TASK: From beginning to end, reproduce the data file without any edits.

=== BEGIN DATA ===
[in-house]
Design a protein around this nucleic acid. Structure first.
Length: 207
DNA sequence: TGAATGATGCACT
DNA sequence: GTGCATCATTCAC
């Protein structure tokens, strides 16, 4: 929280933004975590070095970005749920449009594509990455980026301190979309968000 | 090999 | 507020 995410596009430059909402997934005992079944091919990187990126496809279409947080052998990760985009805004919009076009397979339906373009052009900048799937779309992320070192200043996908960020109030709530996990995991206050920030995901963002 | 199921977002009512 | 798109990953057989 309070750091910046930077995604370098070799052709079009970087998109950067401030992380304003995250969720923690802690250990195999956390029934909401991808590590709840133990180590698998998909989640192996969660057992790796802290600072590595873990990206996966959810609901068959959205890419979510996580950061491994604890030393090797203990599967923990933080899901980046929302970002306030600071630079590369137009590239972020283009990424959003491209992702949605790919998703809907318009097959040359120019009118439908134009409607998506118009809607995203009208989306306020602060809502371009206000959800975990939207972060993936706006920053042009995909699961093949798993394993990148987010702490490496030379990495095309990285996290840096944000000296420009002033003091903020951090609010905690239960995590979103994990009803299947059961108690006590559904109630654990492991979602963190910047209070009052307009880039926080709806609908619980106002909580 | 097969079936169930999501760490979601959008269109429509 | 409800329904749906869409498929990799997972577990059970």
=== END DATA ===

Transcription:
[in-house]
Design a protein around this nucleic acid. Structure first.
Length: 207
DNA sequence: TGAATGATGCACT
DNA sequence: GTGCATCATTCAC
């Protein structure tokens, strides 16, 4: 929280933004975590070095970005749920449009594509990455980026301190979309968000 | 090999 | 507020 995410596009430059909402997934005992079944091919990187990126496809279409947080052998990760985009805004919009076009397979339906373009052009900048799937779309992320070192200043996908960020109030709530996990995991206050920030995901963002 | 199921977002009512 | 798109990953057989 309070750091910046930077995604370098070799052709079009970087998109950067401030992380304003995250969720923690802690250990195999956390029934909401991808590590709840133990180590698998998909989640192996969660057992790796802290600072590595873990990206996966959810609901068959959205890419979510996580950061491994604890030393090797203990599967923990933080899901980046929302970002306030600071630079590369137009590239972020283009990424959003491209992702949605790919998703809907318009097959040359120019009118439908134009409607998506118009809607995203009208989306306020602060809502371009206000959800975990939207972060993936706006920053042009995909699961093949798993394993990148987010702490490496030379990495095309990285996290840096944000000296420009002033003091903020951090609010905690239960995590979103994990009803299947059961108690006590559904109630654990492991979602963190910047209070009052307009880039926080709806609908619980106002909580 | 097969079936169930999501760490979601959008269109429509 | 409800329904749906869409498929990799997972577990059970």